Recognizing the In-House Counsel's Role of 'Compliance Generalist' as a Formal Practice Area of Law
Bruce Ortwine, Joint General Manager and General Counsel, Sumitomo Trust & Banking Co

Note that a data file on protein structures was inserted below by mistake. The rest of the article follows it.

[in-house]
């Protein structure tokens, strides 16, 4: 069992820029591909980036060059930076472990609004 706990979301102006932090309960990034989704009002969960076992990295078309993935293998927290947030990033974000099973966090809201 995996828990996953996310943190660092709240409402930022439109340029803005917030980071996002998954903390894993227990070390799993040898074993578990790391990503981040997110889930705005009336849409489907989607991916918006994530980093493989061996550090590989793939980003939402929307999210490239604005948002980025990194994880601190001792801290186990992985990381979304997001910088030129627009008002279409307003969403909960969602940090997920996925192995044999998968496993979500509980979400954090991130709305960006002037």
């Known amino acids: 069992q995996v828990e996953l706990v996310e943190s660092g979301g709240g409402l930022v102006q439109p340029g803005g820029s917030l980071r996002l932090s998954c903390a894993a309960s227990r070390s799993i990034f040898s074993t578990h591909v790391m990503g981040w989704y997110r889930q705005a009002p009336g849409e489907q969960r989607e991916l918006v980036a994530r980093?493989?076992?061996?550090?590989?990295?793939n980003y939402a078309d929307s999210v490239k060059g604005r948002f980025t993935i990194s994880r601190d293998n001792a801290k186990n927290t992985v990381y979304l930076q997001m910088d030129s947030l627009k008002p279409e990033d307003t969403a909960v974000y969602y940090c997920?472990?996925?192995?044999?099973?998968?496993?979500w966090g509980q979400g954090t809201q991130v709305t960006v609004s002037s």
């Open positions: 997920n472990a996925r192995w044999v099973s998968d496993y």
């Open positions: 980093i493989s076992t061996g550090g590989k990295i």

For many years, a number of large law firms have offered highly specialized practice areas dealing with various compliance requirements in specific and discrete areas of the law. A few examples include tax, securities, anti-trust and, lately, anti-corruption. In recent years, in-house counsel have been required to respond to rapidly increasing legal and regulatory burdens imposed on their organizations and have become experts in a more generalized universe of compliance-related requirements. By developing and sustaining a comprehensive program of legal and ethical compliance standards they can better ensure that their organizations will satisfy their obligations to comply with all applicable laws and regulations; they also provide a viable defense to an organization if a rogue employee does not do so. The in-house counsel’s efforts as “compliance generalist” in all areas of the law that affect his or her organization are vital to the organization’s success, as much so as any other legal practice area, and they constitute an area of the legal practice that is and should be formally recognized and appreciated as such.
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